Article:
Antimigratory discourse in the context of the COVID-19 pandemic

In a framework of hostility towards international migration, the COVID-19 pandemic is used as a very convenient argument to reaffirm these antipathies. This situation stimulates the anti-immigration and xenophobic rhetoric of extreme right-wing groups in many countries. The global health emergency is being used by some governments to implement measures aimed at refugees, asylum seekers and migrants under the pretext of containing the spread of the virus (Zargar, 2020). Steven Erlanger (2020) is correct in stating that the coronavirus is not only spreading but is also infecting societies with a sense of insecurity, fear and fragmentation. In addition, he feels that narratives contrary to population movements have historically included metaphors of invasions and the formulation of theories based on migrants as disease carriers that can be brought to light at this time. In agreement with the author’s point of view, it can be added that in the current health crisis, these arguments are in the crosshairs of extreme right-wing groups as an important element to question the migration phenomenon and to set fire to the debate about its potential harmful consequences in society.

Fernand de Varennes, special rapporteur of the United Nations on minority issues, presented a statement in which he mentioned that some groups and politicians were exploiting COVID-19-related fears in the discourse against the Chinese population and other minorities. He warned that verbal and physical attacks on Asian people had been reported, in which they were accused of spreading the virus. He even recounts that some politicians were asking to deny migrants access to health services (El coronavirus no puede usarse como excusa para atacar a las minorías, 2020).

Additionally, the Secretary General of the United Nations, Antonio Guterres, warned that the pandemic unleashed in many countries a wave of hatred and xenophobia in the search for scapegoats and the promotion of fear. In a statement, he called on governments to strengthen immunity against the hate virus. In particular, he noted that some government leaders and high officials directly or indirectly encouraged racism, xenophobia and anti-immigrant discourse, taking advantage of the COVID-19 crisis. Guterres showed particular concern for Asians and their descendants, who had been the target of derogatory language in the media and in the statements of some politicians (Human Right Watch [HRW], 2020). The expressions of racism and xenophobia have spread across several European countries and in the United States, where similar hate-speech against migrants is found, accusations that take advantage of the momentum that the economic and social situation derived from the pandemic can give them.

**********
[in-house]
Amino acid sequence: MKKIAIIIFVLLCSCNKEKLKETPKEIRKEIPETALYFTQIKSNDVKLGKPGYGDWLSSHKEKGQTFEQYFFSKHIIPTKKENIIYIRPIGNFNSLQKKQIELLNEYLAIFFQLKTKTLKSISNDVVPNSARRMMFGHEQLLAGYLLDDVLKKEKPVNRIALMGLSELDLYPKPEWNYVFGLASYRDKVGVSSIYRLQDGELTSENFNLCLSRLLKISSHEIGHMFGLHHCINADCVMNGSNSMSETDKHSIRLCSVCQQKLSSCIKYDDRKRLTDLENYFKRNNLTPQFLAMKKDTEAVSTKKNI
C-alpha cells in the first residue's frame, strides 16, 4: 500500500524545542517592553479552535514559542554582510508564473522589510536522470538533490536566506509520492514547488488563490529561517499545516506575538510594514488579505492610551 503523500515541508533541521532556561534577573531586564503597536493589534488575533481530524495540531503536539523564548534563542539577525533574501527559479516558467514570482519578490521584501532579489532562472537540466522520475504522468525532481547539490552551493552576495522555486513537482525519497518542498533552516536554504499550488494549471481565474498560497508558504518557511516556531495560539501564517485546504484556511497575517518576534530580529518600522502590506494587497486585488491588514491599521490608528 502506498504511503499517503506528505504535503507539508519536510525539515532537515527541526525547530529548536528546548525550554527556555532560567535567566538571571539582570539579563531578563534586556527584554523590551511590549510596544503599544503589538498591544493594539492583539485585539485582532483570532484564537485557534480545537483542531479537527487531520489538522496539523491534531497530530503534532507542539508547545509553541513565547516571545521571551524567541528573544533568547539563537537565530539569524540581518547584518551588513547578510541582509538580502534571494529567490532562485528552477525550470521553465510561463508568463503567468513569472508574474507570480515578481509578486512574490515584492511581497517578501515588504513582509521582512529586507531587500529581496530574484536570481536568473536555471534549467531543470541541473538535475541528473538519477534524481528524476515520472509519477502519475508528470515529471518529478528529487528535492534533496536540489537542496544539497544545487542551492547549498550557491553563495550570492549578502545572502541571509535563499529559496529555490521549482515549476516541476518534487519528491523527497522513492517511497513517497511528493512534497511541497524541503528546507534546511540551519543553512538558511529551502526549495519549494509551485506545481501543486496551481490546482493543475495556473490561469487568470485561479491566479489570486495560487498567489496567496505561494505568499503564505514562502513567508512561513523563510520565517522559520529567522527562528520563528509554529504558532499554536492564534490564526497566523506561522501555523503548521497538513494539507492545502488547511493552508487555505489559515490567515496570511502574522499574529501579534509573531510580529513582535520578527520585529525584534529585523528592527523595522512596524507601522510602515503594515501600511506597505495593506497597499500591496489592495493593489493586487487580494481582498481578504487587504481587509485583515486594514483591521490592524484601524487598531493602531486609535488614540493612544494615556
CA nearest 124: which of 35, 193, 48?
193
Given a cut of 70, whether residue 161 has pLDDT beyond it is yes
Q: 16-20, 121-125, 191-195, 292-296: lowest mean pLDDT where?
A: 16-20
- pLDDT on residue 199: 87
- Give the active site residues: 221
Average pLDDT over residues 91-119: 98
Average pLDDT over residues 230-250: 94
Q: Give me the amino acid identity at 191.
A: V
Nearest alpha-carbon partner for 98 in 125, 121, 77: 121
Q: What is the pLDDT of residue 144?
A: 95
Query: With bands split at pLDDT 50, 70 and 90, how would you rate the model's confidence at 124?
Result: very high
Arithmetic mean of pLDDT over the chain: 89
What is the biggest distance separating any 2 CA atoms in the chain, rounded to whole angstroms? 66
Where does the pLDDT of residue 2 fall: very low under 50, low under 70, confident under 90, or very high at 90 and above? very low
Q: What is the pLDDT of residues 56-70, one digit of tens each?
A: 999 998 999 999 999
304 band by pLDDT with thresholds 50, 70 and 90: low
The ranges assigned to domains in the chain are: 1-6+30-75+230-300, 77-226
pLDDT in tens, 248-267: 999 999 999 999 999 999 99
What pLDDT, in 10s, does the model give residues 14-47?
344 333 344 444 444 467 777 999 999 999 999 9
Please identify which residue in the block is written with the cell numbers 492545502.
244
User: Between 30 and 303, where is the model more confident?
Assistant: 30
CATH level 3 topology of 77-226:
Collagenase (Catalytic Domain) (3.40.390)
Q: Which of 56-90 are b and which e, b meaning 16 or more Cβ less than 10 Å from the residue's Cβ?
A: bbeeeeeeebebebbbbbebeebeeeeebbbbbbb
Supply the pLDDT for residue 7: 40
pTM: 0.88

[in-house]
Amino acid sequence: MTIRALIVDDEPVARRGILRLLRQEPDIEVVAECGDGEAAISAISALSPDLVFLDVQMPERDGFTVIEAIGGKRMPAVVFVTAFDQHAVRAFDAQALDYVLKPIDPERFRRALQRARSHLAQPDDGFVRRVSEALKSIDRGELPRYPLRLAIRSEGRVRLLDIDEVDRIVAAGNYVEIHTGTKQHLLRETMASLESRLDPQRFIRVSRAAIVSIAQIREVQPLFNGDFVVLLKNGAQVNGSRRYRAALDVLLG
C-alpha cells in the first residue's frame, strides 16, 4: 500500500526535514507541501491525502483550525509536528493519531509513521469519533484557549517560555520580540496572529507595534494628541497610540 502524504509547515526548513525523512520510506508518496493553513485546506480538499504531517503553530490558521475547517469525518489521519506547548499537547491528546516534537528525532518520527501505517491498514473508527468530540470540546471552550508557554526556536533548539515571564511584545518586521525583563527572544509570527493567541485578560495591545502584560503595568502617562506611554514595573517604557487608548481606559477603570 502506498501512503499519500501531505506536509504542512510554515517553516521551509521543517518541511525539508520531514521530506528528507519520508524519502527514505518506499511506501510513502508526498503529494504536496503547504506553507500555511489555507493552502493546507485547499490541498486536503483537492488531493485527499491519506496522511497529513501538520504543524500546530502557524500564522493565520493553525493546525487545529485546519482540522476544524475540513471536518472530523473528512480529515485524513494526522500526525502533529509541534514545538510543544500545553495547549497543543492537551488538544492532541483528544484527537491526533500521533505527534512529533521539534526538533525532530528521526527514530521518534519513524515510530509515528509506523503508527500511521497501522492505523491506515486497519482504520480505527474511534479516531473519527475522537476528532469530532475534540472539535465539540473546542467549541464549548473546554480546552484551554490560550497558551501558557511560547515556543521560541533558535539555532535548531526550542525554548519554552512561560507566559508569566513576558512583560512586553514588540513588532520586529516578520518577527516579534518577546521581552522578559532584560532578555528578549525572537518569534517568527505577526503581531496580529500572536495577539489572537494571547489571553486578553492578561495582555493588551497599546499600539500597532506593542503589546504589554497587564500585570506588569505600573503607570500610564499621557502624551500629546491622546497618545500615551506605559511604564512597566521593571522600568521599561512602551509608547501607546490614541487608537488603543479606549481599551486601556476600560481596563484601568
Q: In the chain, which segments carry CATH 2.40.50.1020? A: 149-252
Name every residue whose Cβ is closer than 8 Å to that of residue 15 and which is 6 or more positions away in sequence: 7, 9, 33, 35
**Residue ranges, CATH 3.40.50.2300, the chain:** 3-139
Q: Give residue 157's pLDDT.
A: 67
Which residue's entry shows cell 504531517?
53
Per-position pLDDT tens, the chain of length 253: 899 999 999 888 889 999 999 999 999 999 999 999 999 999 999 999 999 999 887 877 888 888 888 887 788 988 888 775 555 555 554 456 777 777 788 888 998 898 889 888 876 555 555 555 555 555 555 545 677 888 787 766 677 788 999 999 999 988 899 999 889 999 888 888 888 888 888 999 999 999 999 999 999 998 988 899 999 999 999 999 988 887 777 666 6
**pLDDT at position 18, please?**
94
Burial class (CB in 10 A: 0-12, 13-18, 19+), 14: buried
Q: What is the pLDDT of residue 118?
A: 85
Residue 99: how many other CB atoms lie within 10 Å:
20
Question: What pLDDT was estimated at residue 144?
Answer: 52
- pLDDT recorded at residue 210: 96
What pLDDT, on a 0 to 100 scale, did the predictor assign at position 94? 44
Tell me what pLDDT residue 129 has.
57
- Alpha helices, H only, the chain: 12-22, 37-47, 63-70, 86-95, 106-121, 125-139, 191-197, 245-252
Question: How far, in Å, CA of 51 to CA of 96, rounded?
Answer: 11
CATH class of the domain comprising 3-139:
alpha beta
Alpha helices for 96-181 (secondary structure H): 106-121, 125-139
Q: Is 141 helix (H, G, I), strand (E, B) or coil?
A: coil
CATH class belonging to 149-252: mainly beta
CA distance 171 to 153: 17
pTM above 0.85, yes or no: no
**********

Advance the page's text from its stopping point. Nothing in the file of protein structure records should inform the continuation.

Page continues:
In Germany, discourses have been presented mainly by the far-right Alternative for Germany party (AfD), which brandishes a political propaganda that seeks to obtain electoral returns through an openly anti-immigration and anti-Islam discourse (Müller, 2017). AfD first entered the German Parliament in 2017 based on xenophobic rhetoric against the arrival of a million refugees. Although there has been a retreat in support for the extreme right in Germany and migration has ceased to be so present in the German political agenda, the AfD has shown that it is confident that the socioeconomic havoc that the COVID-19 pandemic can cause will help to reposition their anti-immigration discourse (Bennhold, 2020; Carbajosa, 2020).

The discussion in France on the relationship between the pandemic and migration has advanced more intensely. In the midst of a health crisis, the leader of the political party Agrupación Nacional, Marine Le Pen, inaugurated in early September 2020, is campaigning for regional and departmental elections in 2021 and for the presidential election in 2022, with security as the central issue. And, of course, migration could not be missing in her equation. In her proposals, she considers that the COVID-19 pandemic has acted as an accelerator of the French shipwreck in terms of security. In this regard, Le Pen attributed much of the security problems to “the anarchic and uncontrolled immigration imposed on the French for years, so offered her potential voters 'a firm, determined and implacable response'” against migration (Le Pen apoya su discurso electoral en una política de seguridad “implacable”, 2020, para. 4).